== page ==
If you’re like most people, you’re taking plenty of steps to take care of your whole body. Maybe that means that you’re doing a lot more walking than you used to in the past. Maybe you’ve kicked a smoking habit, or you’re dedicated to avoiding excessive alcohol use. It’s also a good idea to try to relax and not sweat the small stuff so much.
But did you know that even with all of the other steps you’re taking for better health, you could have a time bomb ticking in your mouth?
You see, good oral health goes far beyond your mouth. You could be harboring a silent killer that can contribute to serious conditions like heart disease, diabetes, stroke, and osteoporosis. What could be so dangerous that it causes so many major health issues?
The answer is simple: gum disease. It’s a silent killer because many of the signs of gum disease start very quietly and cause just a few outward issues. However, the beginning stages of gum disease eventually lead to severe problems, so it’s essential to get treatment as soon as possible to preserve not just your smile, but your health.
“The signs of periodontal disease include bad breath, inflamed gums, bleeding gums, extra sensitive teeth, and a receding gum line.”
Knowing the Signs of Periodontal Disease
The official term for these gum issues is periodontal disease, and more people are affected by gum disease than you might imagine. Even those taking charge of their health may miss out on cues about gum disease. This is perfectly understandable, but it's vital to be aware.
The signs of periodontal disease include bad breath, inflamed gums, bleeding gums, sensitive teeth, and a receding gum line. It usually starts with inflamed gums that never seem to calm down and can lead to serious health issues if it’s not appropriately managed.
Major Health Issues Linked to Periodontal Disease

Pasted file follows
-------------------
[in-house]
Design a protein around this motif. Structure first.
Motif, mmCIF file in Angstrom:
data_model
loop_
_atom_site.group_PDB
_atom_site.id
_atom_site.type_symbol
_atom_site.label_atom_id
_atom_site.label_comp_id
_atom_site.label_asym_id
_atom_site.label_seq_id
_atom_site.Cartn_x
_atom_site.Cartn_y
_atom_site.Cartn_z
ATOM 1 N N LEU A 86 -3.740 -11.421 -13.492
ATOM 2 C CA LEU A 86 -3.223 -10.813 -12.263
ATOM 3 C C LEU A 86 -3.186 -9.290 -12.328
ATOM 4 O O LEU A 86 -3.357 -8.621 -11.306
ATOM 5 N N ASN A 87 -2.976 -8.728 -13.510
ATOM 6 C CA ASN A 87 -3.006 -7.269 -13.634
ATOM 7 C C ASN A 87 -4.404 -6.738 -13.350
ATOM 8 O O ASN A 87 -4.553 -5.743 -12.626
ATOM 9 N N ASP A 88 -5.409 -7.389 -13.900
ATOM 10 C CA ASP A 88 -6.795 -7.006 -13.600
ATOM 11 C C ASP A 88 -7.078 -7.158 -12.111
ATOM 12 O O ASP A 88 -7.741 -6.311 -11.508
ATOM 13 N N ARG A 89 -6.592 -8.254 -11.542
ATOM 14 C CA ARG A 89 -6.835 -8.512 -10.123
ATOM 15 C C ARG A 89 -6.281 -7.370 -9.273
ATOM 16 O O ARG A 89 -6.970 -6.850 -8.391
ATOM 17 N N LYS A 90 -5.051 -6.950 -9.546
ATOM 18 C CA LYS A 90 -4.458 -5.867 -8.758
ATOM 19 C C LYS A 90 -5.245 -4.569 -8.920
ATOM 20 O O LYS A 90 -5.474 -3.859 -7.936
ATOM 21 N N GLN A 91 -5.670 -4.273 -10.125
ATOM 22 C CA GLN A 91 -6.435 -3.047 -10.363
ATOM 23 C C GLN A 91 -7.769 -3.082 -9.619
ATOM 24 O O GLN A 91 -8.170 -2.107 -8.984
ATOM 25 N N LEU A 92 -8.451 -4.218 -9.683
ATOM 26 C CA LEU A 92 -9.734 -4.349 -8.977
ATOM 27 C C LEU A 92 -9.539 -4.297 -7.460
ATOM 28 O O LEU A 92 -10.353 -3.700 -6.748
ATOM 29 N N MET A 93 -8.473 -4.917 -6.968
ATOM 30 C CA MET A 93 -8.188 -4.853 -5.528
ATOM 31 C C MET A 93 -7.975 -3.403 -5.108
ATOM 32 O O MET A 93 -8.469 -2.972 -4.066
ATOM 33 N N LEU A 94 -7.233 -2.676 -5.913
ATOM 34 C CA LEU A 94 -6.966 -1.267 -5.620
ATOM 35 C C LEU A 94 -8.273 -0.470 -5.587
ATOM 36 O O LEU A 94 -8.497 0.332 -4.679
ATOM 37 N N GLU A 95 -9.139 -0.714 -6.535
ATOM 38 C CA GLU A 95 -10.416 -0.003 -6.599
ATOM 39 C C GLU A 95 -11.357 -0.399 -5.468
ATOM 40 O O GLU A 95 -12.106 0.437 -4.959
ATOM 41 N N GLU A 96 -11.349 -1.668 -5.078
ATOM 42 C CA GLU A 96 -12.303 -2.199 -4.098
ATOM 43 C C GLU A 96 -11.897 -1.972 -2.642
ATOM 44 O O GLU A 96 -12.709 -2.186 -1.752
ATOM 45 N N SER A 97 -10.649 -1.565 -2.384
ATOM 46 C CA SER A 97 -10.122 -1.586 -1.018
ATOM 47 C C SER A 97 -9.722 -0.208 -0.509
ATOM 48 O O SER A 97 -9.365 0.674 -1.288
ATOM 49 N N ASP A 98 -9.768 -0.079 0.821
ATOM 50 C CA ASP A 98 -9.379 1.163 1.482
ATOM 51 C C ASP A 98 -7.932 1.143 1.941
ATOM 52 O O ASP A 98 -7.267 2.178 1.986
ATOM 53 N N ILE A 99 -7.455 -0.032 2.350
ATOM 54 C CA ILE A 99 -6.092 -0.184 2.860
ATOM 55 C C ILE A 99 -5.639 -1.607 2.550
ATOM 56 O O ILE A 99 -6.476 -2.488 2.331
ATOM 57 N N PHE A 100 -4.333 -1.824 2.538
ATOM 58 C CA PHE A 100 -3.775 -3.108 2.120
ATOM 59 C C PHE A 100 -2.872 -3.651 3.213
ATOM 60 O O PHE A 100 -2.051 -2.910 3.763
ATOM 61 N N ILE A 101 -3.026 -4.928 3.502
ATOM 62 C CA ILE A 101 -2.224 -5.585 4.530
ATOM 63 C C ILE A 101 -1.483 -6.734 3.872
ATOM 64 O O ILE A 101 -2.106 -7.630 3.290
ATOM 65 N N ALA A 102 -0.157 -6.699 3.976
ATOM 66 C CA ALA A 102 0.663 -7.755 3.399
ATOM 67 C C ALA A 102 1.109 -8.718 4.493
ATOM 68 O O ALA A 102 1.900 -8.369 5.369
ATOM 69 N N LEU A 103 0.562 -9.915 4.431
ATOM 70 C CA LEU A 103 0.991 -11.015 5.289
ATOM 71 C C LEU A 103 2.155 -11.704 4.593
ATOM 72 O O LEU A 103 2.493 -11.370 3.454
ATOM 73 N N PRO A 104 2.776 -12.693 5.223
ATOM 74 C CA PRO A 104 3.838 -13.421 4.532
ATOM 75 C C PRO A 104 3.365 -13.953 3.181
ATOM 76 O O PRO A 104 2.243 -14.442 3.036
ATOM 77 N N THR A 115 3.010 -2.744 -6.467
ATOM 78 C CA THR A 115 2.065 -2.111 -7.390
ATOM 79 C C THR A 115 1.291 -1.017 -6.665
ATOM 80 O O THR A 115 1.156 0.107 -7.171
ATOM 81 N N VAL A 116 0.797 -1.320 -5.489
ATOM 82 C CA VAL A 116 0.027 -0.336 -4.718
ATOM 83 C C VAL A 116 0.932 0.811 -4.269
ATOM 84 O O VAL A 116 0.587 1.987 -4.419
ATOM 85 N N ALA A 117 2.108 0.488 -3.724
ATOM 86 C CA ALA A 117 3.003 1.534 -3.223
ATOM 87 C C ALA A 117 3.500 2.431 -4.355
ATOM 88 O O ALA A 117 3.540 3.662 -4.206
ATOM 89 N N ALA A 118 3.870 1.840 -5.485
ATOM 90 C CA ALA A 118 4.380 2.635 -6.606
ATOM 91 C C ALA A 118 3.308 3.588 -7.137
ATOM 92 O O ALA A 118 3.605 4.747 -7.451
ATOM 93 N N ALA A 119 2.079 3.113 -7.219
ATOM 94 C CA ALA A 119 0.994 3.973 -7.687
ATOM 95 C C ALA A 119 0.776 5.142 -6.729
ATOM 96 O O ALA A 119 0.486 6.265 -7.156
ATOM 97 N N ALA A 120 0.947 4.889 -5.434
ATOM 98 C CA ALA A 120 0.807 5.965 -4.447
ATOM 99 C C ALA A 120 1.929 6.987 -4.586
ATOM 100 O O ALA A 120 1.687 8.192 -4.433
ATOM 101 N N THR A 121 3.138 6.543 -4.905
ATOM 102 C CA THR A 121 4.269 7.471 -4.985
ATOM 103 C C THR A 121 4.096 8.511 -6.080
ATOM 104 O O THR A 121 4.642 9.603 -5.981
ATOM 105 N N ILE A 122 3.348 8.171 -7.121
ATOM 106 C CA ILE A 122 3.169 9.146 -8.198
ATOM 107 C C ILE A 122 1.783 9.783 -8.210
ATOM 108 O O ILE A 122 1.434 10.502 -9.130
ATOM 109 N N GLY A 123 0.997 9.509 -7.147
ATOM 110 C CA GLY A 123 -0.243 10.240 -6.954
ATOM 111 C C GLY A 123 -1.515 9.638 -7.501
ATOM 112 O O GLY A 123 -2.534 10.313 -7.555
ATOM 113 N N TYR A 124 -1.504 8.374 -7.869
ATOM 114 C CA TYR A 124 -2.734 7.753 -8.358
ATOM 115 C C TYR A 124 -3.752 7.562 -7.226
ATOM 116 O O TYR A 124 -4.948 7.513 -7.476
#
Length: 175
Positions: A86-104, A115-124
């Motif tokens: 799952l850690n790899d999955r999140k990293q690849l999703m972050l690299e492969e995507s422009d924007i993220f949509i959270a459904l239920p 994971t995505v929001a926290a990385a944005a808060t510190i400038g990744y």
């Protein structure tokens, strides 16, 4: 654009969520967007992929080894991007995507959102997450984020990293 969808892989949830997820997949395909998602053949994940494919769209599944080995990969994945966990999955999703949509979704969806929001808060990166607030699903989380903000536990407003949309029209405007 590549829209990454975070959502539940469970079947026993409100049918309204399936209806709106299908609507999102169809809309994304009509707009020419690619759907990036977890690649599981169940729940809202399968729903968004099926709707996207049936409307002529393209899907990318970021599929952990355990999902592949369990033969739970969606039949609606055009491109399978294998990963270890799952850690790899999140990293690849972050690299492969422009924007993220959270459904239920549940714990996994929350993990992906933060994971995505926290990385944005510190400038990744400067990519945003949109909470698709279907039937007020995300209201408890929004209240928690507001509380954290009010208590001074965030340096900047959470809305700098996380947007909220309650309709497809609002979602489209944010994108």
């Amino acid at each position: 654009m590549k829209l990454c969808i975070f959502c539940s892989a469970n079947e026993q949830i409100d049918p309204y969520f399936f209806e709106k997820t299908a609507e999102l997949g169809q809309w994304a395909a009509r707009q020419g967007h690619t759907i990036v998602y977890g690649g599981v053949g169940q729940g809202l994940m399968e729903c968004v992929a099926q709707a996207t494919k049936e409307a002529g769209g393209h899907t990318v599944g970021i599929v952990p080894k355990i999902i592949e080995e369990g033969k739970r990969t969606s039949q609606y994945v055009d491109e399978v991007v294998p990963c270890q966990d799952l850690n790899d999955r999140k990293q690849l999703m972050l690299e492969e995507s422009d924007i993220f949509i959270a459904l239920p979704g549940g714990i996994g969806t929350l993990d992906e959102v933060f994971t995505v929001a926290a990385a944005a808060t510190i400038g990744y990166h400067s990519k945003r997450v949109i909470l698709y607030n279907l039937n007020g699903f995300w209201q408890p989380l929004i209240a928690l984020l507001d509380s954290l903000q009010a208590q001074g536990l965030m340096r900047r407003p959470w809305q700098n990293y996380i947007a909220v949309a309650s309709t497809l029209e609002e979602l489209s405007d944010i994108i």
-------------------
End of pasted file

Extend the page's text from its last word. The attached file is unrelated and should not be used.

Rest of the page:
How does periodontal disease cause heart disease and heart attacks? Inflammation is the culprit that triggers so many of these significant health issues. With heart disease, the bacteria that infect the gums travel to the blood vessels, where they cause inflammation and damage triggered by an immune response. They can also cause blood clots that can lead to a heart attack or stroke.
If you’re already taking hypertension medications, gum disease can limit the effectiveness of these medications and lead to chronic blood pressure issues. Gum disease itself has also been linked with poorly managed blood pressure.
Heart issues are also linked to lung issues, so it’s no surprise that gum disease is a contributing factor to pneumonia. The bacteria in the mouth travel to the lungs, possibly leading to pneumonia, and can exacerbate conditions like COPD.
Diabetics Should Take Extra Care
Inflammation is a major issue for people with diabetes, as they have to watch blood sugar levels constantly. Unfortunately, severe inflammation triggers blood sugar levels to rise as the body handles the issue internally. Chronically high blood sugar levels can worsen diabetic complications, such as neuropathy, retinopathy, and edema.
Managing blood sugar levels is already difficult, but it’s important to make sure that blood sugar levels are controlled by reducing the amount of sugar in the diet. What we eat directly impacts our health, so it’s important to remain cautious. Sugary sodas and baked goods are not just bad for our teeth, but they also spike blood sugar levels and cause the body to produce more insulin to try to compensate for this issue.
Inflammation, like we see with gum disease, plays a role in the development of Type 2 diabetes. If you aren’t already diabetic, it’s important to prevent developing Type 2 diabetes by watching what you eat, brushing your teeth regularly to avoid excess sugar remaining on your teeth, and getting a fair amount of exercise every week. Diet is critical when it comes to managing diabetic health; don’t beat yourself up for a treat once in a while, but stay on top of what you’re eating.
Get Effective Gum Disease Treatment
We don’t recommend trying to fight gum disease on your own. Ignoring the symptoms of gum disease can lead to not just tooth loss, but bone loss. Without healthy bones, your teeth can become loose. Bone loss can also affect the structure of your face.
Reversing the damage caused by gum disease isn’t possible, but we can work together on a treatment program that dramatically slows the progress of this terrible condition. At Central Texas Periodontics, we can work with you in a safe, non-judgmental environment where the focus is on your healing, not on how advanced your case becomes. You deserve the best health possible, and it’s our pleasure to help! Just contact us to set up a consultation in our office.